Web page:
How to Protect Yourself
Sometimes fires are out of our control and there’s little we can do to prevent them — especially when they’re caused by Mother Nature. Lightning can cause electrical power surges, which can set off a fire in or near a home. Forest wildfires can consume entire neighborhoods. Hurricanes, floods, tornadoes, and earthquakes can also create fires if they damage heating or electrical devices in a way that causes the equipment (or the material around the equipment) to combust.
But whether a fire starts due to carelessness or an act of nature, the steps to take before, during, and after remain the same.
Before a FireLuckily, you can minimize your risk of falling victim to a fire by following these simple steps.
- Make a fire escape plan by gathering everyone in your household, walking through your home, and inspecting all possible exits and escape routes.
- Identify two escape routes out of each room, if possible, and make sure each of those escape routes can be used safely by everyone.
- If your household has children, draw a floor plan of your home and mark each escape route (including windows and doors) as well as the location of each smoke alarm. (Download our “How to Make a Home Fire Escape Plan” for help with this.)
- Practice your home fire escape plan at least twice a year.
- When you practice your fire escape plan, make sure escape routes are clear and doors and windows can be opened easily. Items that block doors and windows in your home could keep you from escaping in the event of a home fire.
- Closed doors may slow the spread of smoke, heat, and fire, so keep bedroom doors closed at night.
- Install smoke alarms in every sleeping room, outside each sleeping area, and on every level of the home (see more in the Install Smoke Alarms section of the website).
- Choose an outside meeting place (e.g., neighbor's house, light post, mailbox, stop sign) a safe distance in front of your home where everyone can meet after they've escaped. Mark the location of this meeting place on your escape plan.
- Ensure your street number is clearly visible from the road. If not, paint it on the curb or install house numbers to ensure responding emergency personnel can find your home.
- Have everyone memorize the emergency phone number of the fire department so any member of the household can call from a neighbor's home or a cellular phone once safely outside.
- If you own your home and cannot afford smoke alarms, or you need help installing alarms you already have, you can go by your local fire station for assistance. If you reside in South Montgomery County, call the South Montgomery County Fire Department at (281) 363-3473 to schedule an appointment for smoke alarm assistance.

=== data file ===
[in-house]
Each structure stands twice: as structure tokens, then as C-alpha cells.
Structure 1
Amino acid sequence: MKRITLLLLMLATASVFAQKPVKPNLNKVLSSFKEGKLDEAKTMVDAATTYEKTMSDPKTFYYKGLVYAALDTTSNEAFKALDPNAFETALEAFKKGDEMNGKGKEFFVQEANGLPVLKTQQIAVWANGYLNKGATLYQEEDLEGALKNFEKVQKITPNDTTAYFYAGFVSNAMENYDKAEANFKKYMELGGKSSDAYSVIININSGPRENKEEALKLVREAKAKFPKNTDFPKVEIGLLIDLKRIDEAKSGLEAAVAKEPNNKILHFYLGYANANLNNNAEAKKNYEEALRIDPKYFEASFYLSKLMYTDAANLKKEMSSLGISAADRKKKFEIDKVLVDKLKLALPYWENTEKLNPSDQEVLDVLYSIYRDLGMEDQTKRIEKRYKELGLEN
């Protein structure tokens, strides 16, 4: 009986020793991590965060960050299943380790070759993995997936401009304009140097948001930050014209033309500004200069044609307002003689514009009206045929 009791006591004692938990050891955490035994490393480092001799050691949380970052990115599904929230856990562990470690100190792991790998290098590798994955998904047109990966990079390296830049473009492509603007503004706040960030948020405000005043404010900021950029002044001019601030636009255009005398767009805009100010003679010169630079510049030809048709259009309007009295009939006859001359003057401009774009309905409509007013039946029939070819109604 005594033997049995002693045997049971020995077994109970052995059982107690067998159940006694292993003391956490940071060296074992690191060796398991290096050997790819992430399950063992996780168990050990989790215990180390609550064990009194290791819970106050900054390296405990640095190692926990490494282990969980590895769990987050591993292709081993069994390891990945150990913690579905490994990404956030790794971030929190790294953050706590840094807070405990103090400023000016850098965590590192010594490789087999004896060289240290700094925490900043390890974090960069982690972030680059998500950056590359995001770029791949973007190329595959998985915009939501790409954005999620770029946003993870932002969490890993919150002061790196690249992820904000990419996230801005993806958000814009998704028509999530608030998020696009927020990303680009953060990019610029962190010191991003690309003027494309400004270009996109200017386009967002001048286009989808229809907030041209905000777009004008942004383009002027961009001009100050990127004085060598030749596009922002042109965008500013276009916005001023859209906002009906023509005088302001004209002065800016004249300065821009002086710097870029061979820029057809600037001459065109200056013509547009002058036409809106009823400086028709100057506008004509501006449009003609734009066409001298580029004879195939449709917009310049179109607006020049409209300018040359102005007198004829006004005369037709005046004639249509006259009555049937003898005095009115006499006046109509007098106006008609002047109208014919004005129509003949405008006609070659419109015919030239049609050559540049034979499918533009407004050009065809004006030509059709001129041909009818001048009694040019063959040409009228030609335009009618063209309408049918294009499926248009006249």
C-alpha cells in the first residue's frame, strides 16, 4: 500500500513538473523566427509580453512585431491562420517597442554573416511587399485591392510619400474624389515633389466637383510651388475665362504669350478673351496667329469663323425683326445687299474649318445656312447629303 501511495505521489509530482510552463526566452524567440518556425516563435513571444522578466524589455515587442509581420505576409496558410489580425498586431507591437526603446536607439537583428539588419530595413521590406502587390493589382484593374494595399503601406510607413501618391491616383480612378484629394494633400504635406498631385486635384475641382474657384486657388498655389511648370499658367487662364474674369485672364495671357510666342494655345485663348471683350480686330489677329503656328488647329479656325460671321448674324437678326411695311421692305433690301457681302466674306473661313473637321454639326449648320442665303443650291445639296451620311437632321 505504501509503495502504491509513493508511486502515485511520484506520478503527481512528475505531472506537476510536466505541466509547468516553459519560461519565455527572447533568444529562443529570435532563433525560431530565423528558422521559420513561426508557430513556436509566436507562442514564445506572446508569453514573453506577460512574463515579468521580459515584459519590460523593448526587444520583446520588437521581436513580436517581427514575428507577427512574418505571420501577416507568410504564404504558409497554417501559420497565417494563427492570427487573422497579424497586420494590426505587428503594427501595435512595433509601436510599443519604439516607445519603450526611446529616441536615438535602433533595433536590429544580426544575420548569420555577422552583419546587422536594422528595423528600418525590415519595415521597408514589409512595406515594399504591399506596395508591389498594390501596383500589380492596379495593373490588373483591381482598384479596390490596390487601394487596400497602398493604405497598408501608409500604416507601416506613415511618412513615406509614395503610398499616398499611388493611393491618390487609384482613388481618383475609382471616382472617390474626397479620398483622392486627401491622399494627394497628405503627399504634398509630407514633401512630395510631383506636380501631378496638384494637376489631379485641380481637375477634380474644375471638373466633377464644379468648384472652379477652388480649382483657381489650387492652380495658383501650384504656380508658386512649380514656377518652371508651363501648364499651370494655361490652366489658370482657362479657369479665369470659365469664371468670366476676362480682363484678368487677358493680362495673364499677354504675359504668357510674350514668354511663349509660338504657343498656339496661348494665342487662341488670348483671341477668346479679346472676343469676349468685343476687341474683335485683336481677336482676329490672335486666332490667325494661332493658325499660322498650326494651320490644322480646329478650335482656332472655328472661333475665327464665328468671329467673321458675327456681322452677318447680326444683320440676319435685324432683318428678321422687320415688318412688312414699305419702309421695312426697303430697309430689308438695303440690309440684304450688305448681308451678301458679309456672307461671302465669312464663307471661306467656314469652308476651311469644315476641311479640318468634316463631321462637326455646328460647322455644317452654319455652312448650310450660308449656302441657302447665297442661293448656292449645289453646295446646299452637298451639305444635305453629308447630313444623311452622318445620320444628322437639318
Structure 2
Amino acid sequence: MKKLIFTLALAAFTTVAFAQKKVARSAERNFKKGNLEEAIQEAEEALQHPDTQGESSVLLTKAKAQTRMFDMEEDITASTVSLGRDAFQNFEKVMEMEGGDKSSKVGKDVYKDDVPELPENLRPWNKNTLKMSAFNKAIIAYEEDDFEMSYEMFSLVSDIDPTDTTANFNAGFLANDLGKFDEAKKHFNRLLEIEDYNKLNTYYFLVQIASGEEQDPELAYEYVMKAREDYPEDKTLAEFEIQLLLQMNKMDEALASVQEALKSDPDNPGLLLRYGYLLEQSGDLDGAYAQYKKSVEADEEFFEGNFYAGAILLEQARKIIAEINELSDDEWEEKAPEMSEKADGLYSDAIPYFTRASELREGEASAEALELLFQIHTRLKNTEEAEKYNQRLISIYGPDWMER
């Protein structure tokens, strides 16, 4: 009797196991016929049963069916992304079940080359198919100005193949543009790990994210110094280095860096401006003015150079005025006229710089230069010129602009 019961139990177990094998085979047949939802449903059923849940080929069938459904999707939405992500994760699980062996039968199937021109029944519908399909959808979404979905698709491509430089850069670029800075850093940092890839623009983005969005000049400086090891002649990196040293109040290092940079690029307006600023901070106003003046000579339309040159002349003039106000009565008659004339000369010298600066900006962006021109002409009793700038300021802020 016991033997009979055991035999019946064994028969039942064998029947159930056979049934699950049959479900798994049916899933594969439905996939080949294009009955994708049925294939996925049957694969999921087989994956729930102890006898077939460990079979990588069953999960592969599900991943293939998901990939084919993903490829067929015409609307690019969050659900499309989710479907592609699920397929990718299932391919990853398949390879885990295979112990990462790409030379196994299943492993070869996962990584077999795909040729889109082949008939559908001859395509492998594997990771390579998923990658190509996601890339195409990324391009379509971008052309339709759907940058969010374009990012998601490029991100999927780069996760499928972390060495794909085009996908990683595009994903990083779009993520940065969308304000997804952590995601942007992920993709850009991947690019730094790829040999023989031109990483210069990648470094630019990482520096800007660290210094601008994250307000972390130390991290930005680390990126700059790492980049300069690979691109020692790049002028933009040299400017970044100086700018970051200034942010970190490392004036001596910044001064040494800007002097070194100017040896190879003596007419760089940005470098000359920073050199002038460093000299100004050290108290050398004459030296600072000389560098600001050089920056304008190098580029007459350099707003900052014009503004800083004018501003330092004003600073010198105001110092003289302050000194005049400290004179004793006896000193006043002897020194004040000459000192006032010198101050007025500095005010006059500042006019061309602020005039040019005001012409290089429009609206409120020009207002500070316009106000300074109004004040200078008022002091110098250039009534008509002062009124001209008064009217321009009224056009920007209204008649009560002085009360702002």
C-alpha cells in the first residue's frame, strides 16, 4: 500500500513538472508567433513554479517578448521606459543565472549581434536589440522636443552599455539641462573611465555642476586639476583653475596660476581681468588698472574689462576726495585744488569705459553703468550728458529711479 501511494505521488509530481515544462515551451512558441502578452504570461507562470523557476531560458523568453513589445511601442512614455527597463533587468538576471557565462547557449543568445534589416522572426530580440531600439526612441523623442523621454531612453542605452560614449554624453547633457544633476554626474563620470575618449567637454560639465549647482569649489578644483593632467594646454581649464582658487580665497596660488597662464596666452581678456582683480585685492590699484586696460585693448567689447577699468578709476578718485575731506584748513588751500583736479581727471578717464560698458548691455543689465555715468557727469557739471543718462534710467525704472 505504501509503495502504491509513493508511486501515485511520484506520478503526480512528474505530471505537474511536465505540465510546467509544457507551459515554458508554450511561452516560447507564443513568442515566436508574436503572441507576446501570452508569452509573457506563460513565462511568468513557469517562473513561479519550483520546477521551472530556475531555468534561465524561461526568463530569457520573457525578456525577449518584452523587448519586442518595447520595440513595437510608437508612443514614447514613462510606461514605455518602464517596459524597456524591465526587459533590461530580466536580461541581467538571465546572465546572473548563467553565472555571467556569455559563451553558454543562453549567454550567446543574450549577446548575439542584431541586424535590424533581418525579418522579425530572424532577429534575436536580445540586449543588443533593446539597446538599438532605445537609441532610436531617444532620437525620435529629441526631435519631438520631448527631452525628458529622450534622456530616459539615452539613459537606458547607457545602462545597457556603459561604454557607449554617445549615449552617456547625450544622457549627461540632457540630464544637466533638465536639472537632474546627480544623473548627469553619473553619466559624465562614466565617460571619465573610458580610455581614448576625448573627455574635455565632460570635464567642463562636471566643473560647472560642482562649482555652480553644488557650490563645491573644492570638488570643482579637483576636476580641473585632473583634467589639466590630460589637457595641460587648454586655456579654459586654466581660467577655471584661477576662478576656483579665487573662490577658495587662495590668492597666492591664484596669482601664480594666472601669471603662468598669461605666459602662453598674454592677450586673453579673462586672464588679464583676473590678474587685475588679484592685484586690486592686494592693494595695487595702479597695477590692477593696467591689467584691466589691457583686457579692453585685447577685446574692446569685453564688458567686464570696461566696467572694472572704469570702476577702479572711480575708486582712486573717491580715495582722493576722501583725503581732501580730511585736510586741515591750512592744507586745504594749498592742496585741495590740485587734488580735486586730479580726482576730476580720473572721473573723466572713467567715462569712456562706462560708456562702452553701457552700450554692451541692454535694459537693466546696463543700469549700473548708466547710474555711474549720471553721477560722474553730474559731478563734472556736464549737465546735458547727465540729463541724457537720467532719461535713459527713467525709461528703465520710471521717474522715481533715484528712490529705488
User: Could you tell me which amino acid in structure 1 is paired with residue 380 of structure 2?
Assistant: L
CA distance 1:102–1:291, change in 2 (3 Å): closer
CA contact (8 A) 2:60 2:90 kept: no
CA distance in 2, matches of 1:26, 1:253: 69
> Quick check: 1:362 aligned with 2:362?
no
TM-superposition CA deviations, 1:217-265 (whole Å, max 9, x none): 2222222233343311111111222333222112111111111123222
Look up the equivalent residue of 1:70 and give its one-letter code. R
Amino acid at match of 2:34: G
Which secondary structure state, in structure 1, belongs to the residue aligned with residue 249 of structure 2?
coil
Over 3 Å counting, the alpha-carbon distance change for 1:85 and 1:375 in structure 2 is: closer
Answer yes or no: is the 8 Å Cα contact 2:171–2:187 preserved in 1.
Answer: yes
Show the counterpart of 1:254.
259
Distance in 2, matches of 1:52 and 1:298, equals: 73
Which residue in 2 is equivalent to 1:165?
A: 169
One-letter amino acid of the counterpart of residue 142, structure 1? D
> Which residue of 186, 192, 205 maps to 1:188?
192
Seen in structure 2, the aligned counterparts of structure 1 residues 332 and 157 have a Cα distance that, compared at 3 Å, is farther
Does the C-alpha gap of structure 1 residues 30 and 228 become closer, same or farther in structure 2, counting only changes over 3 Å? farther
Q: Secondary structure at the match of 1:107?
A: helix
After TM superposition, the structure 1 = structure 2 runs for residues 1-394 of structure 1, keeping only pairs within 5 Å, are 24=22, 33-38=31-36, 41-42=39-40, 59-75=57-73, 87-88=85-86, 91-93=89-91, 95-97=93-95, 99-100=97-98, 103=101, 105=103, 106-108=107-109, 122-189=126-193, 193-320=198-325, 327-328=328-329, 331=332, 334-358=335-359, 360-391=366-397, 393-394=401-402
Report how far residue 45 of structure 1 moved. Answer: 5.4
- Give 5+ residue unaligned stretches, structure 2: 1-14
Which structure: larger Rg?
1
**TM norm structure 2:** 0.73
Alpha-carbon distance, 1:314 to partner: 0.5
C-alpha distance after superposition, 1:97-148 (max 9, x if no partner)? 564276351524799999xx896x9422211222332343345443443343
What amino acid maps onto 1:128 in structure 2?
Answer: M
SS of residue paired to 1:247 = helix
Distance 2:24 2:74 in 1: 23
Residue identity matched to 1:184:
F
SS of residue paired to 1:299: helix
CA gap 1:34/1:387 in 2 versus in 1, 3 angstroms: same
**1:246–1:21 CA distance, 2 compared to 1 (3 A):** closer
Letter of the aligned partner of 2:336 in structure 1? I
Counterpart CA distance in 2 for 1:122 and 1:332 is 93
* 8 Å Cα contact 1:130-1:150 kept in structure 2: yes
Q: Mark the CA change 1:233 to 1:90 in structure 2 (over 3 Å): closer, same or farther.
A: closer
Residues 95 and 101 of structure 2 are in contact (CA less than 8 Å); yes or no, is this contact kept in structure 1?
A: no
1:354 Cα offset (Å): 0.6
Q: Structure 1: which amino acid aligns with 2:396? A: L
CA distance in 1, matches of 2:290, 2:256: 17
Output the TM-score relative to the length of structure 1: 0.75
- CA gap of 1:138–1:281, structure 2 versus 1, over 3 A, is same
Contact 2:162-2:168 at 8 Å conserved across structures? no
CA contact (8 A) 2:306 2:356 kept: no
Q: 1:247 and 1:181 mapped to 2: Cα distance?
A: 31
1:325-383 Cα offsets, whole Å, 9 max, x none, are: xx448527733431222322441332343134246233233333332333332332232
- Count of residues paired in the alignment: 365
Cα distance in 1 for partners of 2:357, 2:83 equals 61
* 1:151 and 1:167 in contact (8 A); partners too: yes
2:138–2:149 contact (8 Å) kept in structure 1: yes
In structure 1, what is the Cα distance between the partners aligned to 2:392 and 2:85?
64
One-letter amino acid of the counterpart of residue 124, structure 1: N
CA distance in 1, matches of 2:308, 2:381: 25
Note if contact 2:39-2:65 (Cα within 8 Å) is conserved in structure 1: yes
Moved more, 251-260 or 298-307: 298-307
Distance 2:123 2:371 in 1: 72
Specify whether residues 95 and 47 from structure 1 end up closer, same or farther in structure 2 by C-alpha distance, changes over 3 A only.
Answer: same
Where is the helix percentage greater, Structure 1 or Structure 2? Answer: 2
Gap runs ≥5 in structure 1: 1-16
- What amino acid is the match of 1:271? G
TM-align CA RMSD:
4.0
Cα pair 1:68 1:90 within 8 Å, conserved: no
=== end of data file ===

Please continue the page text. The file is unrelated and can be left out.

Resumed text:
- Make digital copies of valuable documents and records, like birth certificates.
- Sleep with your door closed.
- Contact the fire department for information on training on the proper use and maintenance of fire extinguishers.
- Consider installing an automatic fire sprinkler system in your residence.
- Never use your stove or oven to heat your home.
- Keep combustible and flammable liquids away from heat sources.
- Portable generators should NEVER be used indoors. Also, they should be refueled only outdoors or in well ventilated areas.
During a Fire
- Crawl low under any smoke to your exit, because heavy smoke and poisonous gases collect first along the ceiling.
- Before opening a door, feel the doorknob and door. If either is hot, or if there’s smoke coming in from around the door, leave the door closed and use your second way out.
- If you open a door, open it slowly. Be ready to shut it quickly if heavy smoke or fire is present.
- If you can’t get to someone needing assistance, leave the home and call 9-1-1 or the fire department. Tell the emergency operator where the person is located.
- If pets are trapped inside your home, tell firefighters right away.
- If you can’t get out, close the door and cover vents and cracks around doors with cloth or tape to keep smoke out. Call 9-1-1 or the fire department. Say where you are, and signal for help at the window with a light-colored cloth or a flashlight.
- If your clothes catch fire, stop, drop, and roll: Stop immediately, drop to the ground, and cover your face with your hands. Roll back and forth until the fire is out. If you or someone else cannot stop, drop, and roll, smother the flames with a blanket or towel. Use cool water to treat the burn immediately for three to five minutes. Cover burns with a clean, dry cloth, and get medical help right away by calling 9-1-1 or the fire department.
After a FireThe following checklist serves as a quick reference and guide to follow after a fire strikes.
- If you’re insured, contact your insurance company for detailed instructions on protecting your property, conducting inventory, and contacting fire damage restoration companies. If you’re uninsured, try contacting private organizations for aid and assistance.
- Contact your local disaster relief service, such as The Red Cross, if you need temporary housing, food, or medicine.
- Check with the fire department to ensure your residence is safe to enter. Be mindful of any potential structural damage caused by the fire.
- Have the fire department confirm that utilities are either safe to use or are disconnected before they leave the site. Don’t attempt to reconnect utilities yourself.
- Conduct an inventory of damaged property and items. Don’t throw away any damaged goods until after that inventory.
- Try to locate valuable documents and records. Refer to information on contacts and the replacement process .
- Begin saving receipts for any money you spend related to fire loss. The receipts may be needed later by the insurance company and for verifying losses you claim on your income tax return.
- Notify your mortgage company of a home fire.